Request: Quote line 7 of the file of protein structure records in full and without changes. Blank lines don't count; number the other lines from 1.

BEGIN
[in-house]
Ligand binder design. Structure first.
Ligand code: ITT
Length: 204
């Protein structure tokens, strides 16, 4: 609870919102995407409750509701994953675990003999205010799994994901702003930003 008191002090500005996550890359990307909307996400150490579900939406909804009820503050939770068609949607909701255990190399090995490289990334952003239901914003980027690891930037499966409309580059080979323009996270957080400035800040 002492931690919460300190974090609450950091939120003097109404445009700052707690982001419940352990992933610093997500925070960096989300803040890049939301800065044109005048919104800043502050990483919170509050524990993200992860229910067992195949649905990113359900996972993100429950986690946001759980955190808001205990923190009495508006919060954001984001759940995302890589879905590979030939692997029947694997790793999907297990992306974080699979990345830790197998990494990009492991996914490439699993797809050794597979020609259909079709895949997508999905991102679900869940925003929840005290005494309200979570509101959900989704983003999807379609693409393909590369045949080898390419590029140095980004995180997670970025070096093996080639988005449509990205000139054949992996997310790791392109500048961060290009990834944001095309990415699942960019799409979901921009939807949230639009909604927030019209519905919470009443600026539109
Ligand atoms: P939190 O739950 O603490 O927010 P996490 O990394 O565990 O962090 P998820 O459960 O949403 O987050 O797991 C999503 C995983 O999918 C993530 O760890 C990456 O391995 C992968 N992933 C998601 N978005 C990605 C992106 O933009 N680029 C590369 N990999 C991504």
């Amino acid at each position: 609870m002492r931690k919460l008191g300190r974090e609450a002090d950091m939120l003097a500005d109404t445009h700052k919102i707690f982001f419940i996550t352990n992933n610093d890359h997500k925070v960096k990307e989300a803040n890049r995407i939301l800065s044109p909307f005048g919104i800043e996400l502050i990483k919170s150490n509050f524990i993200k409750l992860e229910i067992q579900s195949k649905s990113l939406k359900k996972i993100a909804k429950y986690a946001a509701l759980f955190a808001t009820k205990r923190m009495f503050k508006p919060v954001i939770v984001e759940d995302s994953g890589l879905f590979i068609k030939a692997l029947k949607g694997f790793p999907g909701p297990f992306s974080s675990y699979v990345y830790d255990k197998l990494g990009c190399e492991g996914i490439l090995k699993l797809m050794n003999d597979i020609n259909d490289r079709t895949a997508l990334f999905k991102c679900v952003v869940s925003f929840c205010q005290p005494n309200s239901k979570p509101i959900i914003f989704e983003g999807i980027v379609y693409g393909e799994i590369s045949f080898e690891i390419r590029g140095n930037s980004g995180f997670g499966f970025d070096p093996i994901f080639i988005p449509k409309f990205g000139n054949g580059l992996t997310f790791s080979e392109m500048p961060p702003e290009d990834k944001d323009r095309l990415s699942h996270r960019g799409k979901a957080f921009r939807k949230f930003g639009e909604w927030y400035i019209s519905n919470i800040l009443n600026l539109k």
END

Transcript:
């Amino acid at each position: 609870m002492r931690k919460l008191g300190r974090e609450a002090d950091m939120l003097a500005d109404t445009h700052k919102i707690f982001f419940i996550t352990n992933n610093d890359h997500k925070v960096k990307e989300a803040n890049r995407i939301l800065s044109p909307f005048g919104i800043e996400l502050i990483k919170s150490n509050f524990i993200k409750l992860e229910i067992q579900s195949k649905s990113l939406k359900k996972i993100a909804k429950y986690a946001a509701l759980f955190a808001t009820k205990r923190m009495f503050k508006p919060v954001i939770v984001e759940d995302s994953g890589l879905f590979i068609k030939a692997l029947k949607g694997f790793p999907g909701p297990f992306s974080s675990y699979v990345y830790d255990k197998l990494g990009c190399e492991g996914i490439l090995k699993l797809m050794n003999d597979i020609n259909d490289r079709t895949a997508l990334f999905k991102c679900v952003v869940s925003f929840c205010q005290p005494n309200s239901k979570p509101i959900i914003f989704e983003g999807i980027v379609y693409g393909e799994i590369s045949f080898e690891i390419r590029g140095n930037s980004g995180f997670g499966f970025d070096p093996i994901f080639i988005p449509k409309f990205g000139n054949g580059l992996t997310f790791s080979e392109m500048p961060p702003e290009d990834k944001d323009r095309l990415s699942h996270r960019g799409k979901a957080f921009r939807k949230f930003g639009e909604w927030y400035i019209s519905n919470i800040l009443n600026l539109k």